Windows 8 in 2012 Too Soon for Consumers: Report

Dennis Faas's picture

A report this week from industry analyst Gartner suggests Microsoft may face resistance to Windows 8 if the operating system is released in 2012, as planned. Given how many people have desperately clung to the decade-old Windows XP, it's no surprise.

Gartner: Consumers Have Their Limits

According to Gartner researcher Michael Silver, the public's issue with Windows 8 probably won't have much to do with the operating system (OS) itself, but merely exhaustion with being told over and over to upgrade -- in 2006 to Vista, in 2009 to Windows 7, and again, it's expected, in 2012 to some other version of Windows, one that may be called Windows 8.

In fact, it's likely those home and business users who've recently adopted Windows 7 will wait for 'Windows 9' in 4-6 years' time. "[Consumers] would certainly like to upgrade only to every other edition," Silver said. "If Windows 8 comes out in two years, I think that's likely to happen, that many [enterprises] will be very suspect about migrating to the next release." (Source:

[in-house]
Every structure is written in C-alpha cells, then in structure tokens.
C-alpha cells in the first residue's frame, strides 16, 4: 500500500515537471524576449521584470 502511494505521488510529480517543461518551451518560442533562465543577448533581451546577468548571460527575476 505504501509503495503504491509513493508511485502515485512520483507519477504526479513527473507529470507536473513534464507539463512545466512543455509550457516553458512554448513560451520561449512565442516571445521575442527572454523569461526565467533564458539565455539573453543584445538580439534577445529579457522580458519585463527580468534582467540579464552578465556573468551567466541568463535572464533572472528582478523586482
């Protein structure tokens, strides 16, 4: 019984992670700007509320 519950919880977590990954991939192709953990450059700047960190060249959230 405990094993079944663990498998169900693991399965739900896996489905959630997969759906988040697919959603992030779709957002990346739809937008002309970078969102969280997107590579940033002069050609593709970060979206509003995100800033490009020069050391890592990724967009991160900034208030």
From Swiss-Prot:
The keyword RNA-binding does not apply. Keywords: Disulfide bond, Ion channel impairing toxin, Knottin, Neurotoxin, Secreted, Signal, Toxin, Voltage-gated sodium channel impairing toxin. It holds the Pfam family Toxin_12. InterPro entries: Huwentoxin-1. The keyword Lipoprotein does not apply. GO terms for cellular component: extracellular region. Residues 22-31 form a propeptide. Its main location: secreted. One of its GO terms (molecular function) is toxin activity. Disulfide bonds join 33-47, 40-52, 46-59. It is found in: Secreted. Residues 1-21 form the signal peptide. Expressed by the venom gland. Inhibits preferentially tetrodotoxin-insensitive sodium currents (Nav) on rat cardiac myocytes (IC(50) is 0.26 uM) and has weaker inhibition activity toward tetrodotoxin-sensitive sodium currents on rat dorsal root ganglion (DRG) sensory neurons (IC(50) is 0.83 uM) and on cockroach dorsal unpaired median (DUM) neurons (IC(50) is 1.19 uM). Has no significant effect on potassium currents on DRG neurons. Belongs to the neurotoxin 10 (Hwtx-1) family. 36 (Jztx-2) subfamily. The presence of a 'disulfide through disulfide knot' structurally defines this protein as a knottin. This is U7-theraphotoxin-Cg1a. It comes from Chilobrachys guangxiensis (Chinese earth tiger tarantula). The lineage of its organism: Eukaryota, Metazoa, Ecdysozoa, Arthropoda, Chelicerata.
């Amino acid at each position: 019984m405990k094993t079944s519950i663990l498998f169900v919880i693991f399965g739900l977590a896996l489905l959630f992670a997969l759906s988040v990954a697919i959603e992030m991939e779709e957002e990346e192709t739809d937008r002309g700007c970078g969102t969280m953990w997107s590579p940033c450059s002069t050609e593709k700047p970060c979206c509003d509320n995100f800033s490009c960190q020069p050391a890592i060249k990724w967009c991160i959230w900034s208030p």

Gartner's comment on this issue was sparked by a recent announcement on a Dutch Microsoft site that appeared to firm up 2012 as a likely release date for Windows 8. The blog, which made its way into the American media via, reportedly announced: "Microsoft is on course for the next version of Windows. But it will take about two years before 'Windows 8' [is] on the market."

It's not likely anyone at Microsoft approved of that message and no one should expect any further details about Windows 8 to emerge in the coming weeks, according to Michael Cherry of Directions on Microsoft. Why? Because it won't help generate sales of Windows 7, Microsoft's current top priority.

"If Microsoft starts talking up Windows 8 now, it risks slowing momentum for Windows 7," Cherry said.

Plans Unveiled for Microsoft Online Game Store

In what may be a veiled attempt to bring attention back to Windows 7, Microsoft has lately been discussing upcoming plans for a Windows 7-based online store for PC games.

After Windows Vista was billed as an improved platform for PC gaming, gamers have been mostly ignored by Microsoft in its attempt to push Windows 7. This latest move may change that, as the company looks for new reasons to encourage gamers to buy Win7 PCs. (Source:

Already rumors about cross-platform Xbox 360-PC gaming are being heard, and while those remain just whispers it may be enough to revive interest in a flagging video game sector whose growth has been cramped by the rising popularity of gaming consoles.

Rate this article: 
No votes yet